North Bay’s film industry will be receiving a $5.5 million investment from the Ontario government through the Northern Ontario Heritage Fund (NOHF).
David Anselmo, President of Hideaway Pictures – a North Bay production company which is receiving $4.5 million from the investment – says that the film and television industry will be a thriving one in the near future after halting activities during the early stages of the pandemic.
“The wonderful thing about the film industry is that it rebounds fairly quickly. We set up shop, we’re like a carnival troupe and we get going pretty quick. So when the provincial government opened up the region to allow us to start filming again, the industry as a whole has bounced back,” Anselmo said at the announcement.
And since productions have been given the go-ahead to resume, Anselmo says it will lead to a boom in new content.
“It’s moving quite quickly now in the province and around North America because the content that’s been needed in the past six months hasn’t been there. I believe that in the next year and a half, we’re going to see an influx of more productions happening all over the place because of that six-month gap,” he said.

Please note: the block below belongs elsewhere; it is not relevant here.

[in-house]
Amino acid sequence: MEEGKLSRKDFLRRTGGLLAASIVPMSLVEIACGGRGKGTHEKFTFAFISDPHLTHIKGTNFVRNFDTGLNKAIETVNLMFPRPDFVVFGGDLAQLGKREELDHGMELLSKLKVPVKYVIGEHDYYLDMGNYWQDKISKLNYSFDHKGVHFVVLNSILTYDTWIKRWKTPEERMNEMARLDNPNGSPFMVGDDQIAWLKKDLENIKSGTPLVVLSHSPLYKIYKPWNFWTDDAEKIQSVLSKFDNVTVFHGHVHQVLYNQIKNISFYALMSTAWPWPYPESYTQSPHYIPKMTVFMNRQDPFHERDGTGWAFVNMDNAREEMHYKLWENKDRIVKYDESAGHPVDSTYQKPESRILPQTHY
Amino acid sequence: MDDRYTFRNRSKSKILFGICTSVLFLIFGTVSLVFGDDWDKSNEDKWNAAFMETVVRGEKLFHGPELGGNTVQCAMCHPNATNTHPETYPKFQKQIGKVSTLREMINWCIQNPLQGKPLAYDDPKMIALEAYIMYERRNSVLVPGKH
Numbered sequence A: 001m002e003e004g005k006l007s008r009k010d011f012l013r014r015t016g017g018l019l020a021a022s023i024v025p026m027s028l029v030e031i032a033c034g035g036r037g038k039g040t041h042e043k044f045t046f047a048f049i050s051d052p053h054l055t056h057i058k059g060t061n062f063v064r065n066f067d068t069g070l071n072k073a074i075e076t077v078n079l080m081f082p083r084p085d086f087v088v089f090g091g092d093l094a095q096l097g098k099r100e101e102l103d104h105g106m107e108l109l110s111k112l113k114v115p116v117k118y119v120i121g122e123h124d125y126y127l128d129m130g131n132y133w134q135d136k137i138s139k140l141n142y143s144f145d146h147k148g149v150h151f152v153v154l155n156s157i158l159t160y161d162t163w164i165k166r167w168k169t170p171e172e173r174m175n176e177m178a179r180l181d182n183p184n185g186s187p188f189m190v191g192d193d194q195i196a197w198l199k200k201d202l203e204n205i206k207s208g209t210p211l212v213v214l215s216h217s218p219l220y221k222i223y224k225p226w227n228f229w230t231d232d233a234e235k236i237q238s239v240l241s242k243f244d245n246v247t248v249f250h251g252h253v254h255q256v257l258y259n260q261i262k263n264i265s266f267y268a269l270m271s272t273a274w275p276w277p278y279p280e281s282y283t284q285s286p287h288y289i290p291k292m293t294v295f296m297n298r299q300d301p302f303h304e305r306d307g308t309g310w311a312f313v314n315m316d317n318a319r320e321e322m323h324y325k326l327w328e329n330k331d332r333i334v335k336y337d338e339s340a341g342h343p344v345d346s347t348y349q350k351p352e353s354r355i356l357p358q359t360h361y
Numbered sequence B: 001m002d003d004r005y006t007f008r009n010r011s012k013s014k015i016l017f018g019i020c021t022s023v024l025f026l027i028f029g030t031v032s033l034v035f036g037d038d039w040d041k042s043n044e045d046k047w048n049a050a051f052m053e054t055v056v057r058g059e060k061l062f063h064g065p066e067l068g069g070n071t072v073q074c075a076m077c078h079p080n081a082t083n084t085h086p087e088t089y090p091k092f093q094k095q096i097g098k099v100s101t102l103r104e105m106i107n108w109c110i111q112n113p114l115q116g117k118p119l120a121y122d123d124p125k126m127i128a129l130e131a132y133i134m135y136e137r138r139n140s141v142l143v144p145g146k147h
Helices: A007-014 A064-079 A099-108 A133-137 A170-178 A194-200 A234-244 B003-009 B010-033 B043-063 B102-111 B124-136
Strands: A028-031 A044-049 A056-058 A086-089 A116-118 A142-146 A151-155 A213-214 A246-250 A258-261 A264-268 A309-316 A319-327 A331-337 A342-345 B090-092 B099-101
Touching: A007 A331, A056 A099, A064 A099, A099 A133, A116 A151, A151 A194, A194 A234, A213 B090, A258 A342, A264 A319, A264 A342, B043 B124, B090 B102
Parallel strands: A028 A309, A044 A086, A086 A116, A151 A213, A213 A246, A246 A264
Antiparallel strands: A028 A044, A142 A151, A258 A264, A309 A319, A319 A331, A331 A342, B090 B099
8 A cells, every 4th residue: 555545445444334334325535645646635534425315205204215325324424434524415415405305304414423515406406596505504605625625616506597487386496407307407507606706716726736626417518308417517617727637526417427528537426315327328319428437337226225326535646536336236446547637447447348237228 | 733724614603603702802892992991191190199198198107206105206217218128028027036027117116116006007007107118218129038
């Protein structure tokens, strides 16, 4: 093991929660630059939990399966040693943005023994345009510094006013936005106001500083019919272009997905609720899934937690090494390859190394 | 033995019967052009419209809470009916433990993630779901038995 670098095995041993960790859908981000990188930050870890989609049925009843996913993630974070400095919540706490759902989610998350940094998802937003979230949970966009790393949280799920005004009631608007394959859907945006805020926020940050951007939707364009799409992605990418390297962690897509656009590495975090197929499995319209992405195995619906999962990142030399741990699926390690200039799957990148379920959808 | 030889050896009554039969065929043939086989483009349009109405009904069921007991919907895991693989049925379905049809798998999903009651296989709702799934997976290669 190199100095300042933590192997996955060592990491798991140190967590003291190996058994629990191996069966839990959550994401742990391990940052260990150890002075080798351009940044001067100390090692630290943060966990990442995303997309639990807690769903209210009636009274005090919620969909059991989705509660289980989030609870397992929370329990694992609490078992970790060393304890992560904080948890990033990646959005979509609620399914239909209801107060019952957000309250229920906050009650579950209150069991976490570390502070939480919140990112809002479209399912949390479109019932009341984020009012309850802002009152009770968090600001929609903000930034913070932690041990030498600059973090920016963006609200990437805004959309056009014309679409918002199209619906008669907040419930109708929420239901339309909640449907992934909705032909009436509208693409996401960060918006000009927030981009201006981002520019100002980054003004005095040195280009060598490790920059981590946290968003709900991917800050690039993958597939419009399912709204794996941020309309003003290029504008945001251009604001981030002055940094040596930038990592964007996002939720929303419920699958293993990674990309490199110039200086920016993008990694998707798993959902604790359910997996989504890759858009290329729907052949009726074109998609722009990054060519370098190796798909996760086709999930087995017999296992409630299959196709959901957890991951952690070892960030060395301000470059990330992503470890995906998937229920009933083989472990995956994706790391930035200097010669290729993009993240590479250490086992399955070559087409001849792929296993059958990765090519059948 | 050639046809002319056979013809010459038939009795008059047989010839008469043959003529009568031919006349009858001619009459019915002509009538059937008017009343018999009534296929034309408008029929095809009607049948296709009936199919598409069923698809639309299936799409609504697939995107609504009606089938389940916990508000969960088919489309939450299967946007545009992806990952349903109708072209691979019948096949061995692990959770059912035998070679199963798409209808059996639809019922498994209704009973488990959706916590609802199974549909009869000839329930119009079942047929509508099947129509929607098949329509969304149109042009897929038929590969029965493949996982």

Vic Fedeli, Nipissing MPP says that this newest investment is part of his government’s dedication to a growing industry in the area.
“We’ve built an industry here from scratch so it’s critical for the province of Ontario to continue to support the film sector,” Fedeli said.
North Bay has seen rapid growth in the economic impact of the film industry. 2019 saw $46 million brought into the city through the industry, nearly quadrupling the input from 2018 ($13 million).
The money from the investment will be dispersed to five different production companies in the area. Hideaway Pictures is the company currently filming the movie, Too Close for Christmas, which has transformed Jack Burrows Place in front of the North Bay Museum into a winter wonderland.
The other investments are:
- $500,000 for HP Christmas D Productions Inc. to produce, in and around North Bay, the television movie Too Close For Christmas.
- $462,628 for Mythic Trips Entertainment Corp. to produce, in and around North Bay, the feature film Flee The Light.
- $122,457 for Post Production North in North Bay to expand its current service offerings to include digital descriptive video. Digital descriptive video is the vocal description of the action and visuals taking place in between dialogue in a movie or television show.
Productions taking place in the area must adhere to both local and provincial health guidelines, which include enhanced cleaning measures of sets, maintaining a safe distance, and face masks for all crew members.
Anselmo estimates that his production company alone has spent “tens of millions of dollars” into the North Bay economy in the past year.